South Korean authorities have revealed details surrounding massive data breach that may impact 27 million South Korean internet users aged between 15-65. The compromised data comes from various websites which registered users for games and online gambling promotions, ringtone storefronts, and movie ticketing.
The South Korean local media reported that 16 people involved in this massive data breach were arrested. The report also stated that the full scope of the incident may have impacted and may victimize 70 percent of the South Korean population by leaving their personal information in the hands of criminals.
On Thursday, South Jeolla Provincial Police Agency said that a 24-year-old man (identified only by the surname of Kim) was arrested along with 15 others, for allegedly circulating 220 million records with PII.
The records included names, account names and passwords, and resident registration numbers. According to the police, Kim gained access to the compromised information from a Chinese hacker he met in an online game in 2011.
Local authorities believe Kim then automatically logged in to the compromised online gaming accounts and stole game currency. He then allegedly exchanged that currency for real cash.
Police think that Kim hacked into a total of 6 online games in South Korea from which he allegedly stole 400 million Won ($393,000/£237,000). He is said to have given 130 million Won of the illicit booty he managed to accumulate, to his Chinese accomplice and kept the rest for himself.
Authorities also suspect Kim of selling personal information on to other third parties. He is believed to have exchanged personal records with mortgage fraudsters for as little as 10 Won a pop, as well as with illegal gambling advertisers at 300 Won each.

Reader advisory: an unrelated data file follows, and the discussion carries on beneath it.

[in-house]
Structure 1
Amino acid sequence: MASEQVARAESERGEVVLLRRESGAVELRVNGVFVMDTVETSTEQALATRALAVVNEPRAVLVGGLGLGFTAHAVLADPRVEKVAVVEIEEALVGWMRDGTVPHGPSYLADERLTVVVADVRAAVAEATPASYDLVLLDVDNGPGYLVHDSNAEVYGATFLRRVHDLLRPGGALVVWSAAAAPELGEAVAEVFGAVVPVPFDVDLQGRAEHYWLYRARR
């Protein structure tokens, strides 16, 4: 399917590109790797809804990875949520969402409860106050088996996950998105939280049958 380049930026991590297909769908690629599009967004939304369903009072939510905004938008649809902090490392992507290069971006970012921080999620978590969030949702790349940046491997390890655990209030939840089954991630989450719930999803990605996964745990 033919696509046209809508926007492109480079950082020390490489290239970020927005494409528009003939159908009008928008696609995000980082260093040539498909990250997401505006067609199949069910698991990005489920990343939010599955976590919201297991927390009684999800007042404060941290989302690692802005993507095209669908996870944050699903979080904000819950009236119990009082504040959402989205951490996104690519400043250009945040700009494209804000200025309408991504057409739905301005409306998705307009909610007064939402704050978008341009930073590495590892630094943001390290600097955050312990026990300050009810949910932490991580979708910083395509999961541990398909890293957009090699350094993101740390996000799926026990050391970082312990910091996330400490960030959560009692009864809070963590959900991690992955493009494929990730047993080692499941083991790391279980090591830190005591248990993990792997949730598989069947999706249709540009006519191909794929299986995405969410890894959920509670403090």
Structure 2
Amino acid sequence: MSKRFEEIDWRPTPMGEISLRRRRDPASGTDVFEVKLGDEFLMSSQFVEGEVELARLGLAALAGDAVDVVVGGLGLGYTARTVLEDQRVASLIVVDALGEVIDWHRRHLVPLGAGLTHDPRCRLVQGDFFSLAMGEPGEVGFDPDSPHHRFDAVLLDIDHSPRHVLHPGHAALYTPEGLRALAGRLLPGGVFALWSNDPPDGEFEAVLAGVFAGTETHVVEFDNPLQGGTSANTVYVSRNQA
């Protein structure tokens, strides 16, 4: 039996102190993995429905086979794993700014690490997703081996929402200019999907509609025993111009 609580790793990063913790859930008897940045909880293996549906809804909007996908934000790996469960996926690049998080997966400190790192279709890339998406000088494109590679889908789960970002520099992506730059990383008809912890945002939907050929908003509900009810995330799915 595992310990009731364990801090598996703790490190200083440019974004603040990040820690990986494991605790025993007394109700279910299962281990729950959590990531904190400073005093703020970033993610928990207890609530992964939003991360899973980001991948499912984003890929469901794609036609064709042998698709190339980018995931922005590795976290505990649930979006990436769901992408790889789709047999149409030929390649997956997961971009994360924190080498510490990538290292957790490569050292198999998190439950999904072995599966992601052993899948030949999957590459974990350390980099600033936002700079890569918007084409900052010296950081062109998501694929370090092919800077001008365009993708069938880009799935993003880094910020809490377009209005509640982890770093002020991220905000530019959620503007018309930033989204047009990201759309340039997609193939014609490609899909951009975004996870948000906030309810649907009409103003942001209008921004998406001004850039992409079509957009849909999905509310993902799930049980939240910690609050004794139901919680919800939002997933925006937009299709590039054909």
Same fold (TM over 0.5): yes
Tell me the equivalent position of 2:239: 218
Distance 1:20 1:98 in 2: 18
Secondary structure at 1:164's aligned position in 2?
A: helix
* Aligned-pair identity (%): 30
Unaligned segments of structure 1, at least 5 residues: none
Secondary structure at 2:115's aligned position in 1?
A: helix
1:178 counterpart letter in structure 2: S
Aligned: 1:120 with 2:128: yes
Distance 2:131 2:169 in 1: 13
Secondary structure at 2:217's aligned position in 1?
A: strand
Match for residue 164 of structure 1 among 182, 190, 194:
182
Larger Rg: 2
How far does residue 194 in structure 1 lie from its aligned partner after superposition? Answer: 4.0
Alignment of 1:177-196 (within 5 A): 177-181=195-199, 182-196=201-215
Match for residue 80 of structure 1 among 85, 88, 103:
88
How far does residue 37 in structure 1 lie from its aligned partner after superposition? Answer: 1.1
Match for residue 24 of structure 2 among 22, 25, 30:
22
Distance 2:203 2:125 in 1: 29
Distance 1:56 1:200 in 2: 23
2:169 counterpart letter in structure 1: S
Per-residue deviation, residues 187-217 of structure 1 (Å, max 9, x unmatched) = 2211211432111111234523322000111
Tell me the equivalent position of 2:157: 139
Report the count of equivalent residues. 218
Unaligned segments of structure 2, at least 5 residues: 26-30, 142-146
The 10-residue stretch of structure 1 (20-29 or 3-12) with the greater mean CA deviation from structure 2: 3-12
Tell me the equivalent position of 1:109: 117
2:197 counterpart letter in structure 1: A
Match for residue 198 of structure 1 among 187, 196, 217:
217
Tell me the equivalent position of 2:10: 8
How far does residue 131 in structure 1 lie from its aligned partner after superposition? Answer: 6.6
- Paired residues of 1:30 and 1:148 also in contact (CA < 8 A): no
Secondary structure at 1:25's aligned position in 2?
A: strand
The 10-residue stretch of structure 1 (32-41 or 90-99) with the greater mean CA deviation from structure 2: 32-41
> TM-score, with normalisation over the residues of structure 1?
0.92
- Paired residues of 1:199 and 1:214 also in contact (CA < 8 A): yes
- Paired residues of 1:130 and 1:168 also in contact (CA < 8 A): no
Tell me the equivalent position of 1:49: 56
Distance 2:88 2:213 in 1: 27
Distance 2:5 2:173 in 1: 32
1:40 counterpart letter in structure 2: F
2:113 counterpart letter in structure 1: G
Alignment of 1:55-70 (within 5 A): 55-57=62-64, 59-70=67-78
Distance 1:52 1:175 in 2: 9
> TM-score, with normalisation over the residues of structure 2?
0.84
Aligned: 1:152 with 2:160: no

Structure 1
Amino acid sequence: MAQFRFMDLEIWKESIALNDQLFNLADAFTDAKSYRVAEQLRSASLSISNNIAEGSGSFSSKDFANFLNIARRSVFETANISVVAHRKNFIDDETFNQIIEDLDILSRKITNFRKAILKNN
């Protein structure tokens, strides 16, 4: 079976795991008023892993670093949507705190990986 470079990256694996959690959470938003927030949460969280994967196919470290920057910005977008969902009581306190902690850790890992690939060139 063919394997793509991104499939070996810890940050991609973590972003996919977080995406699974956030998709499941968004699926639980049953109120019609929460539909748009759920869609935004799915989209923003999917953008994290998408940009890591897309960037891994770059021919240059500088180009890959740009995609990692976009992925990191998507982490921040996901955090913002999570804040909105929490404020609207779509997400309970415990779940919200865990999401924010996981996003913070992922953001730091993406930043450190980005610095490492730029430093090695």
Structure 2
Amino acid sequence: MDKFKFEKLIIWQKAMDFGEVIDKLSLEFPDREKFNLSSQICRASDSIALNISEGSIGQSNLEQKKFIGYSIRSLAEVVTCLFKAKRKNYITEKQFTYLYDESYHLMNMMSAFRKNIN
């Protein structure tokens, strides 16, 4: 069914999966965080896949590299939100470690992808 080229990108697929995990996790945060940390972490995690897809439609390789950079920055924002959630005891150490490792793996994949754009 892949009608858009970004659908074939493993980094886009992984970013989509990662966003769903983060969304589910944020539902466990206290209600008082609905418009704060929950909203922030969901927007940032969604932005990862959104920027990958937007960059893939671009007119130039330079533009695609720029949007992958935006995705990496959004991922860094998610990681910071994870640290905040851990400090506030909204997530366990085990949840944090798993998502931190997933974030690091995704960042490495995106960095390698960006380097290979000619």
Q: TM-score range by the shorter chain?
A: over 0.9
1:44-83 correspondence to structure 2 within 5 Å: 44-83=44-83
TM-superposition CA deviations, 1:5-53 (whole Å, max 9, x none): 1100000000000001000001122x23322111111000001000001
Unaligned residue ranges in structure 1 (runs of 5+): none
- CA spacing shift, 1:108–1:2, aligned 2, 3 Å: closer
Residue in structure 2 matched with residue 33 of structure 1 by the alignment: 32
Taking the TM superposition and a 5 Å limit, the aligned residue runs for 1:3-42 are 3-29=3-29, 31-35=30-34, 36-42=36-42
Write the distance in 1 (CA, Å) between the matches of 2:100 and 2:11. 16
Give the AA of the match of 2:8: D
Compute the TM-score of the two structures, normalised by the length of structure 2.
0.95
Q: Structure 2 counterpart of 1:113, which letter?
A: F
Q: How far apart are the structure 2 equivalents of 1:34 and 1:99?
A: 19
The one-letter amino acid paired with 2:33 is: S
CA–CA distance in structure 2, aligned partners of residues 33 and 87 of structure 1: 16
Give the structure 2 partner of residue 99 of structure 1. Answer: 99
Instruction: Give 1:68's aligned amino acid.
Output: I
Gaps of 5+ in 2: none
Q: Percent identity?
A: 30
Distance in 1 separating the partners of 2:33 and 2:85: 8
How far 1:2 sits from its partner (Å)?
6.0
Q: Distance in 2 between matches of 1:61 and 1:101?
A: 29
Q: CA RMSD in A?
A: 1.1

With hundreds of people falling prey to a variety of swindlers, the total cost of those secondary damages has been estimated at 2 billion Won ($1.965m/£1.185m), according to police.
The investigation hasn’t been concluded, authorities are still searching for how the compromised records are being circulated. Moreover, they’re hunting for seven others tied to the scheme, including the Chinese hacker alleged to have originally given the information to Kim.
Despite the size of the breach, it is not the largest to have rocked South Korea.
In 2011 hackers broke into the Nate and Cyworld websites before walking out with the names, email addresses, phone numbers and resident registration numbers of 35 million users.
Additionally, regulators fined three credit card companies and took away their card-issuing rights in February after 20 million residents had their data stolen by an IT contractor.
Then, in March, the government announced it was investigating another breach which had led to the compromise of 12 million names, resident registration numbers and bank account details from telecom company KT Corp.
This recent operation has only just come to light but is thought to have run between September 2012 and November 2013.